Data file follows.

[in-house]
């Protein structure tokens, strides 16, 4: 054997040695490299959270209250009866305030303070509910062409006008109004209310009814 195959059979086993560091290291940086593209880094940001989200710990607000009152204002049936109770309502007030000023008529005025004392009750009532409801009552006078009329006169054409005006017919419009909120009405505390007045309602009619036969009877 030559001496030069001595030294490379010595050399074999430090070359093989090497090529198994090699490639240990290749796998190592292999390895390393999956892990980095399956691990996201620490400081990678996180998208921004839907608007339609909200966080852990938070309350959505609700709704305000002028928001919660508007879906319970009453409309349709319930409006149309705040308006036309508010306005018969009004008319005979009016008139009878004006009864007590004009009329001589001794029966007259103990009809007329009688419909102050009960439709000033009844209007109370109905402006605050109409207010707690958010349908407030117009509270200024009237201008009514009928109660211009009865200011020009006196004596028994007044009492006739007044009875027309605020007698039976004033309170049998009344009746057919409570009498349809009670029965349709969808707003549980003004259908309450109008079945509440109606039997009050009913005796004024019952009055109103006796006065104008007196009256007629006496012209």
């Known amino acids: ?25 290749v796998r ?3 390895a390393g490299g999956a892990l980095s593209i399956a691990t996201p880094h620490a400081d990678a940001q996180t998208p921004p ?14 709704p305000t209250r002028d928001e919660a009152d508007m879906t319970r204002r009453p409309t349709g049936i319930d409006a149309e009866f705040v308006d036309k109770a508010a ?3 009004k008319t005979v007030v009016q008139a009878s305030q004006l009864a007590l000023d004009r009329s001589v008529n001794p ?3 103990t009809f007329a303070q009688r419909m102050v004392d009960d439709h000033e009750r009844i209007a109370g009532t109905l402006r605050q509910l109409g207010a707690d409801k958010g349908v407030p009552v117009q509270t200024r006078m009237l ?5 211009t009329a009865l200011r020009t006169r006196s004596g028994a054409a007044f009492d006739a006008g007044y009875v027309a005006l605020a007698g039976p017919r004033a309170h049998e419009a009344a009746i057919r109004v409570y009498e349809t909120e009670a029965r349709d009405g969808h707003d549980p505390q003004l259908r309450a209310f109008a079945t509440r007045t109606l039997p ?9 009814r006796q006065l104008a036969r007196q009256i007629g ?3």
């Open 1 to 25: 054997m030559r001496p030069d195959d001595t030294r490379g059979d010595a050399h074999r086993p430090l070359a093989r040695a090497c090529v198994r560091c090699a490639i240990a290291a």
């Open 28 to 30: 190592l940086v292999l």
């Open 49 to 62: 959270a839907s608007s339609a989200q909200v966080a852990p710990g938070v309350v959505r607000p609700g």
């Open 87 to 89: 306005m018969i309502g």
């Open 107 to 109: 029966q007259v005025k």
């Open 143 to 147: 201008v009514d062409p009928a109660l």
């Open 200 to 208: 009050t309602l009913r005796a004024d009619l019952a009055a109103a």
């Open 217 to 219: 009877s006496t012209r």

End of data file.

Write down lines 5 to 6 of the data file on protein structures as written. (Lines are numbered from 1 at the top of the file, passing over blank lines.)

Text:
């Open 28 to 30: 190592l940086v292999l």
């Open 49 to 62: 959270a839907s608007s339609a989200q909200v966080a852990p710990g938070v309350v959505r607000p609700g």